While that is business still probably makes economic sense for Third Point Re, “we made the commitment to our regulators, to our rating agency and to our clients that we are not in the business of booking 105 anymore.”
“These decreases in premiums were partially offset by new contracts bound in the current year period, including new property catastrophe and specialty contracts in line with our changing underwriting strategy,” said the company in its Q1 results statement.
New Areas for Premium Growth
Malloy discussed some of the areas where the company is growing its premium.
“We’ve said ‘no’ to commercial auto for years because we couldn’t find the right partners to align ourselves with.” However, that market is changing, because a lot of re/insurers have lost money and have been forced to be more disciplined.
With improvements in ratings and terms and conditions, “we’ve put our toe in that water just as other people are leaving,” he affirmed.
Malloy said the company is also looking at excess casualty and professional liability, because there’s been a lot of blood in the water in that area. Big companies, such as AIG, Zurich Insurance, Lloyd’s, Liberty Mutual, are cutting back limits and raising prices “because they haven’t been charging enough for a decade.”
“So, we’re watching that space with a lot of interest and now have a small involvement in that.”
In addition, Third Point Re has supported and made investments in some specialty MGAs, including one that has set up a captive and ultimately aims to form an insurance company. “They have been putting capital into it and they take 10 to 15 percent of every risk that they write,” said Malloy.
“If they don’t do it right, they’re going to lose money, both as an MGA and as risk takers, This is somebody who has previously gone down the MGA route, set up an insurance company, gotten it rated, sold it, and is doing it again. So, I trust them. But, in the words of Ronald Reagan: ‘Trust but verify.'”
They’re aiming to get three years’ track record under their belts before they attempt to get more investors and seek an AM Best rating.
“They’re going to bring it onshore and form their own insurance company, so they don’t have to rely on other people,” Malloy explained. “It’s a multiyear process, and we’re going to be working with them to create their own specialty insurance company rather than being an MGA relying on other people’s capital.”
Another chunk of new business is coming from an agency that specialized in coastal homeowners’ business. Previously, the agency had a binding authority from Lloyd’s but recently lost capacity as part of the market’s retrenchment.
“When that happened, the owner of the business said, ‘Never again,'” said Malloy.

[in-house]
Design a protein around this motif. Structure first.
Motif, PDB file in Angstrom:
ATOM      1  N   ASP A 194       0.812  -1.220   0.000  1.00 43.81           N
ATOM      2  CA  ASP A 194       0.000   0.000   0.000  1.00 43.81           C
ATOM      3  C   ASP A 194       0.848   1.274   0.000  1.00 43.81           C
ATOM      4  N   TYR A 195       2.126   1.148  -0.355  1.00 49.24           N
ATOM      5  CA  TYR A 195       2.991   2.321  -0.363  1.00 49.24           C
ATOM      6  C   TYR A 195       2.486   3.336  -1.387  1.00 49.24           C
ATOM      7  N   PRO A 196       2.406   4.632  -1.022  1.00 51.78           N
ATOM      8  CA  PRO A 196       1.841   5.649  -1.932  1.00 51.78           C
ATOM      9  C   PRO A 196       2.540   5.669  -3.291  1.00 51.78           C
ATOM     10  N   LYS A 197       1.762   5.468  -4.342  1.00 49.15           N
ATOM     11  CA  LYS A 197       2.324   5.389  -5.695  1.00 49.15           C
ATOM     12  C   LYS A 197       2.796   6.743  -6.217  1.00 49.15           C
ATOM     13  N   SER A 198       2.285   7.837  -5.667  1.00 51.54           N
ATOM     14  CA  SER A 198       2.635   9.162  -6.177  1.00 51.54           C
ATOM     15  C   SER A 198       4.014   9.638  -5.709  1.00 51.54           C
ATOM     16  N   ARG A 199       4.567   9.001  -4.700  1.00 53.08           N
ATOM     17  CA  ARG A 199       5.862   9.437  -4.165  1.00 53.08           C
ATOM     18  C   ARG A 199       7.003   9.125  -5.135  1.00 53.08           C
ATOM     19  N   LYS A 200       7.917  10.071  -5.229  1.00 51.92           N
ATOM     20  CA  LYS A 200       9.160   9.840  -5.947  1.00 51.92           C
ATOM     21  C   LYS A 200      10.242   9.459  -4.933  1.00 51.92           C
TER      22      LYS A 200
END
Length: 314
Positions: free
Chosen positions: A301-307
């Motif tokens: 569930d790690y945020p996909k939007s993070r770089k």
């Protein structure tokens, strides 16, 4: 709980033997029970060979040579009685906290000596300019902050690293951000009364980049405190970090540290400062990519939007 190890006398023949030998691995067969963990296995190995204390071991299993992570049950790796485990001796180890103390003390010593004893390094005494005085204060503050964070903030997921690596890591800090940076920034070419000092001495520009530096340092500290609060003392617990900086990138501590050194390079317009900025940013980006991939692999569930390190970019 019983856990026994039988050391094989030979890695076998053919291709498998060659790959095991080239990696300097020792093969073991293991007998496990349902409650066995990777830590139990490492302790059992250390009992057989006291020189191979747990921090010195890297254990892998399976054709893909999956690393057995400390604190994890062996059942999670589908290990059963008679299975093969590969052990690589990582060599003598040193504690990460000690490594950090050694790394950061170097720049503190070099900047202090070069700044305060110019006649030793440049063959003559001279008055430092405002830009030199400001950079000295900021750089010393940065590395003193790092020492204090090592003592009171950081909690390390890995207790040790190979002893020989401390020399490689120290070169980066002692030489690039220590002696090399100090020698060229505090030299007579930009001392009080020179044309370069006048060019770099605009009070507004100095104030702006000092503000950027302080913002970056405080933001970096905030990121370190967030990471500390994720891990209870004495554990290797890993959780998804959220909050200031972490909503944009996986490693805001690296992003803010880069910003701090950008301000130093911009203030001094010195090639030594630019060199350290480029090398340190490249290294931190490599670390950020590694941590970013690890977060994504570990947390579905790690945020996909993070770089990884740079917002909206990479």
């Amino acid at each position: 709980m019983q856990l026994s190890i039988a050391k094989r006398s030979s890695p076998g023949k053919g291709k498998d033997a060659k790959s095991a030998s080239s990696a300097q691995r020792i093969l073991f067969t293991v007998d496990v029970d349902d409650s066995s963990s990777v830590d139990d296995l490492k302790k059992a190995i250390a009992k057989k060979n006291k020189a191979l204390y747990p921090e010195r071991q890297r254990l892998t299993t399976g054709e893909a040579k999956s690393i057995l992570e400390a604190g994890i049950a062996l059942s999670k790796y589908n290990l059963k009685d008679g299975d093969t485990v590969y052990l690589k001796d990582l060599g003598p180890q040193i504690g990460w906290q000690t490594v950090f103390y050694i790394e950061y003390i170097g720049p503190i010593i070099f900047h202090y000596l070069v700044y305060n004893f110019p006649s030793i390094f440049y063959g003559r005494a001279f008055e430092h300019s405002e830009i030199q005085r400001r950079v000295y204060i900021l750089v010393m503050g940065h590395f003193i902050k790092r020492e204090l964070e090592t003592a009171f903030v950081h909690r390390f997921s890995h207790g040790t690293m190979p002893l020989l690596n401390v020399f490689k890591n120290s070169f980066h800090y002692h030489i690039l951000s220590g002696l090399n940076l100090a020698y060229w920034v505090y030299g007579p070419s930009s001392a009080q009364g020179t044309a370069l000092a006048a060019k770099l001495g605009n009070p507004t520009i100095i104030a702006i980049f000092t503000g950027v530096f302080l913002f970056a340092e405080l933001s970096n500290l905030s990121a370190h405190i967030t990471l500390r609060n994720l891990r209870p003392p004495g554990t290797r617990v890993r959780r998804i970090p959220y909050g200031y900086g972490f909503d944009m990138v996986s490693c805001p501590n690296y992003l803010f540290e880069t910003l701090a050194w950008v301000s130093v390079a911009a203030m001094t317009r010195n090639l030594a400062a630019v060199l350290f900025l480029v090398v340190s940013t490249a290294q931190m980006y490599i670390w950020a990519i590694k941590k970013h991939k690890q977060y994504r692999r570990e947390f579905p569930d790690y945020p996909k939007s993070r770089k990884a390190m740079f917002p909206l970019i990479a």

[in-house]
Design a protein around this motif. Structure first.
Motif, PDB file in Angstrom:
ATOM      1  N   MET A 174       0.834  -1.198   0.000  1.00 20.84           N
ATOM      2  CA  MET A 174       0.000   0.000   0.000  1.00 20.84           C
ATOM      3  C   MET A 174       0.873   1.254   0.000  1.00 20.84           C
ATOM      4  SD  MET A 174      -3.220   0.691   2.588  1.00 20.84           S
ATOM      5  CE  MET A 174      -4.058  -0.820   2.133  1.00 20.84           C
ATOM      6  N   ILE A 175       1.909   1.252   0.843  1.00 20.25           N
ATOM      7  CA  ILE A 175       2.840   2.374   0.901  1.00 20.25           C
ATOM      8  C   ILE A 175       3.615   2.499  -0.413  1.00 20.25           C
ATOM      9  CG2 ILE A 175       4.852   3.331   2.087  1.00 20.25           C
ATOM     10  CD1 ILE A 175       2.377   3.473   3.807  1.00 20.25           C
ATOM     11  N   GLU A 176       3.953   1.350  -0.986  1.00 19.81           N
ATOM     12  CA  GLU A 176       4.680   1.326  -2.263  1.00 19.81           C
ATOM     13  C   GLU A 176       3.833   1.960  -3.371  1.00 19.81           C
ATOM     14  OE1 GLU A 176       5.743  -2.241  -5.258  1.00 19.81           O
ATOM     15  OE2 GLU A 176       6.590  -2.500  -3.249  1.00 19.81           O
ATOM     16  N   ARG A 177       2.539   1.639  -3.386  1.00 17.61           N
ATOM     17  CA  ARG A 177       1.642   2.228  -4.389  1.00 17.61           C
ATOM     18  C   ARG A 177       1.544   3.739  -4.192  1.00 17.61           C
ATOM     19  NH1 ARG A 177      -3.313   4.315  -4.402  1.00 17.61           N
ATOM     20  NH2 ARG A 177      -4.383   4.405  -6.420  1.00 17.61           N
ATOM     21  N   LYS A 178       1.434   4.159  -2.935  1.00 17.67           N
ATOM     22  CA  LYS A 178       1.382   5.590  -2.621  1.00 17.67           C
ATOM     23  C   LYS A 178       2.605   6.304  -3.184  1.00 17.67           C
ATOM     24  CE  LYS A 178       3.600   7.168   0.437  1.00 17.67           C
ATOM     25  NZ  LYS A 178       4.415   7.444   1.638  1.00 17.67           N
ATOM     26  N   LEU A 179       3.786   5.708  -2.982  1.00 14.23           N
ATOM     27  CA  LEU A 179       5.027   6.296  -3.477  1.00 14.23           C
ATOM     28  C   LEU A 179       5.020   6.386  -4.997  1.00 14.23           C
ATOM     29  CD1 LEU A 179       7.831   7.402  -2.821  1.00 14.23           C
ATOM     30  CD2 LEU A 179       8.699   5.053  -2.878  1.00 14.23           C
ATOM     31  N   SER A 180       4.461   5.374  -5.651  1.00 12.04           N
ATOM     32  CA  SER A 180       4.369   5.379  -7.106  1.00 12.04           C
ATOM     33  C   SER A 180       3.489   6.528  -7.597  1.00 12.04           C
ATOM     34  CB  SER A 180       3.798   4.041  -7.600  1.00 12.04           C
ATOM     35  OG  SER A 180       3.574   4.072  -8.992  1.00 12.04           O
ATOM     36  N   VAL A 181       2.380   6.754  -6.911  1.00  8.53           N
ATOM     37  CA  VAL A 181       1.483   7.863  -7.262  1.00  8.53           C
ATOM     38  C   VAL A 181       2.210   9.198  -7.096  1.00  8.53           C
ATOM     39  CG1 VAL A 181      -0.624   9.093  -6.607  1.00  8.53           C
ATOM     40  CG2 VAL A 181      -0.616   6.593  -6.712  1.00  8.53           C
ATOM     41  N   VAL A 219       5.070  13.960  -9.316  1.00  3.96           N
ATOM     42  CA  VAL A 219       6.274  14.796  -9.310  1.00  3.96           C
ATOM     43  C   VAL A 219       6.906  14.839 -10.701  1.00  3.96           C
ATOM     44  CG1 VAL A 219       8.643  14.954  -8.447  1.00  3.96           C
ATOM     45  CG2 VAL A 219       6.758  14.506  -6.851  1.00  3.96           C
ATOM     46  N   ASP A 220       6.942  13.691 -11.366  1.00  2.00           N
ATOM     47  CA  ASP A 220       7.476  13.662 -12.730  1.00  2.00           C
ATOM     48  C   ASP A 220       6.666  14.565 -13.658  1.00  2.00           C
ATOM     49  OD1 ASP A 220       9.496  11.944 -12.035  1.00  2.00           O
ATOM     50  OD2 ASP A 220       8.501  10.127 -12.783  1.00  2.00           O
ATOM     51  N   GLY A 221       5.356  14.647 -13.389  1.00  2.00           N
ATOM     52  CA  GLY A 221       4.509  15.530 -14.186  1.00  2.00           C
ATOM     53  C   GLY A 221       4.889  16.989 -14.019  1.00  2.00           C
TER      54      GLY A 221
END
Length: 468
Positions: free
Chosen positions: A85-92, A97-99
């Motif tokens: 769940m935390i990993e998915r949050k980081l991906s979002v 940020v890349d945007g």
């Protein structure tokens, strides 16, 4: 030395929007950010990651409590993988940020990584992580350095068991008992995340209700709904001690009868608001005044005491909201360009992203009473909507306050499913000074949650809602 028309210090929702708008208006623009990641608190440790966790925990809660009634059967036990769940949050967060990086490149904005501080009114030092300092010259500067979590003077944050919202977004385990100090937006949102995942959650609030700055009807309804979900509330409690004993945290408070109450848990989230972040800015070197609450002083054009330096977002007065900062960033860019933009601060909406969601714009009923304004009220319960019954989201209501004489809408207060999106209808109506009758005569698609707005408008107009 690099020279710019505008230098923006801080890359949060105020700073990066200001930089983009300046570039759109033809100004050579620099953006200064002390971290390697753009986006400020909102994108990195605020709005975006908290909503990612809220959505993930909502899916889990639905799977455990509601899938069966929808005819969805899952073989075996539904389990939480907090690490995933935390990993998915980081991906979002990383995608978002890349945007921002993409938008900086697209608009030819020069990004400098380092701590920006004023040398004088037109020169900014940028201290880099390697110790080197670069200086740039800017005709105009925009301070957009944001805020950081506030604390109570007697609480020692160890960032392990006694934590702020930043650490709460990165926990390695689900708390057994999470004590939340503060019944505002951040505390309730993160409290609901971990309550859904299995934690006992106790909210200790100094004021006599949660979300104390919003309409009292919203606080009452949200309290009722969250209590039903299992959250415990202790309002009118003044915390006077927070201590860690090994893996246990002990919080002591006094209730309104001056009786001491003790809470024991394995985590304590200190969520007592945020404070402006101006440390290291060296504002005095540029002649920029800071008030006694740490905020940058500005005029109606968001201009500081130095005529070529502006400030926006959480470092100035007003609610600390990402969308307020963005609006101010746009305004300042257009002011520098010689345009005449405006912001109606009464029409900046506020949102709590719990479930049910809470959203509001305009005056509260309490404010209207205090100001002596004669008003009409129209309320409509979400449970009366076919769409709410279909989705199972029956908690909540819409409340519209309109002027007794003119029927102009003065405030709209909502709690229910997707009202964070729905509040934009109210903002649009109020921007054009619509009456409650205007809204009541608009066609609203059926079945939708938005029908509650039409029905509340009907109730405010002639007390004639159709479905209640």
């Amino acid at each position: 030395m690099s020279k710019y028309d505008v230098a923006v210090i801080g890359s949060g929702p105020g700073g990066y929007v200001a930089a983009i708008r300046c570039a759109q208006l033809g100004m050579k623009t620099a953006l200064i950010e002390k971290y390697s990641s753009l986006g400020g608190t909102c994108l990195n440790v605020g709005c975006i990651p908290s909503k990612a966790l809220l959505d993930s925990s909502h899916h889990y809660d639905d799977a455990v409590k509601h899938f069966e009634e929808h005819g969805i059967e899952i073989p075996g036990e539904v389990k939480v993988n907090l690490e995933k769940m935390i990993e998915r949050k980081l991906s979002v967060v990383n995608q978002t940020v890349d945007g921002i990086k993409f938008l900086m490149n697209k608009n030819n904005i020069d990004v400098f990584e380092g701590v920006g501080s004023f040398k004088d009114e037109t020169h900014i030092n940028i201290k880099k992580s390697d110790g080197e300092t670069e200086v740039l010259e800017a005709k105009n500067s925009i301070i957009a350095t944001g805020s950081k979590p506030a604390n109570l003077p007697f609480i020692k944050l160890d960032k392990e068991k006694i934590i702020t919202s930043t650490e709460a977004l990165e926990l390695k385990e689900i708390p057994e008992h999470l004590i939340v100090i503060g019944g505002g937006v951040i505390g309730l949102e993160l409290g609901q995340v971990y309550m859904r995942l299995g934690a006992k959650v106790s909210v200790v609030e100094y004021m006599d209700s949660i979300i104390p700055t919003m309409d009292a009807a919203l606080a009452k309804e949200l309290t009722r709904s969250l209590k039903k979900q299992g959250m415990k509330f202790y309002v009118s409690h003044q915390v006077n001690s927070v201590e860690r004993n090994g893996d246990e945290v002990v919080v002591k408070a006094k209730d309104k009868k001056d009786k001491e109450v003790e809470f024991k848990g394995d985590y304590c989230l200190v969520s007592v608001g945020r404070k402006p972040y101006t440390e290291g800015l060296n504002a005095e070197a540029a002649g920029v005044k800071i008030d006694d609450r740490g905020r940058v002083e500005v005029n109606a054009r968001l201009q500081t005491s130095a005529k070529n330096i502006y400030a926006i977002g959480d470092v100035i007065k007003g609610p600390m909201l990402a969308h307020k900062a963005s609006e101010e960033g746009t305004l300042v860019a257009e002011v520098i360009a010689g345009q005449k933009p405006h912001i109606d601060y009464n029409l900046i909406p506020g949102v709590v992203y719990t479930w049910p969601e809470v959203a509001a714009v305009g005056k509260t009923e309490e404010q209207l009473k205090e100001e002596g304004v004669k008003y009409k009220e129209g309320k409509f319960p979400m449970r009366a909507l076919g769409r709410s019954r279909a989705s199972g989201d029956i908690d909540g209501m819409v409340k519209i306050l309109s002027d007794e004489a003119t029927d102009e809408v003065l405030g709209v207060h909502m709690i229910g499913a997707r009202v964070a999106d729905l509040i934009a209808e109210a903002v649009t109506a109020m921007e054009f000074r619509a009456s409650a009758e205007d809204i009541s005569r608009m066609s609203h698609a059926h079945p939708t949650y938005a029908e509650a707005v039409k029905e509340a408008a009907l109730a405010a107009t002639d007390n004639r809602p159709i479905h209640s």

Third Point assisted in the setup of a rated insurance company with a small investment alongside the owner. In addition, Third Point Re backs the insurer as a reinsurer and has a seat on the company’s board. “We have monthly calls where we hear how the new company is progressing. The owner is proud of progress to date and he certainly is putting his money where his mouth is.”
Malloy noted that about 10 percent of Third Point Re’s volume this year will come from these very strategic relationships being developed with companies that also are putting up their own money.
“Just reinsuring someone who gets paid on volume doesn’t work. But if they’ll accept terms and conditions, which makes them a risk-taker, and they are willing to write a check to take risk, we’re happy to support them in a market that’s improving.”
Malloy said he could cite a hundred examples where people with binding authorities walk through the door, make promises and then back out at the last minute because they’ve gotten a better offer – one where they didn’t have to take risk.
Malloy said Third Point Re is relatively insulated from COVID-19-related exposures due to its conservative underwriting position and “the measured way that we’ve moved into new lines of business.”
“For instance, when we went into the property cat business, we decided to not write risk excesses and quota shares because they’re more difficult to model,” he affirmed. “We particularly look to avoid portfolios that are very heavily commercial.”
As a result, Third Point Re doesn’t expect much of a COVID-19 loss coming out of its property portfolio, “which is certainly an area where a lot of other people are very focused on.”
He didn’t admit to being prescient about COVID-19, but business interruption is part of commercial policies and “those have been historically proven to be hard to model from a cat perspective.”
Malloy cited the example of Super Storm Sandy where the models “were wildly off because nobody anticipated buildings in lower Manhattan would flood.”
For the three months ended March 31, 2020, Third Point Re recognized net losses of $9.5 million, or 6.5 percentage points on the combined ratio, relating to COVID-19. These losses were driven primarily by contingency exposures (event cancellation) as well as certain casualty and multi-line quota share contracts.
Malloy attributes much of the company’s successful transition to its talented team.
Over the last several years, to facilitate the company’s transformation, Third Point Re has hired group of experienced underwriters including, David Govrin from Berkshire Hathaway; David Drury from Chubb; Tracey Gibbons from Allied World Reinsurance and David Sinclair from TransRe.
“I’ve been asked many times: ‘Why are they coming to a little company like yours?'”
What is Malloy’s answer?
“Well, you can either let the institution define you, or you can help shape the institution. When David Govrin joined us, he said, ‘I can’t call up Warren Buffett and tell him to do things differently.'”
But Govrin is now a partner at Third Point Re and he and the rest of the team “are making a big difference,” said Malloy. “I don’t have to sit there and harangue them to do what they need to do. They get it, and their compensation is tied to that.”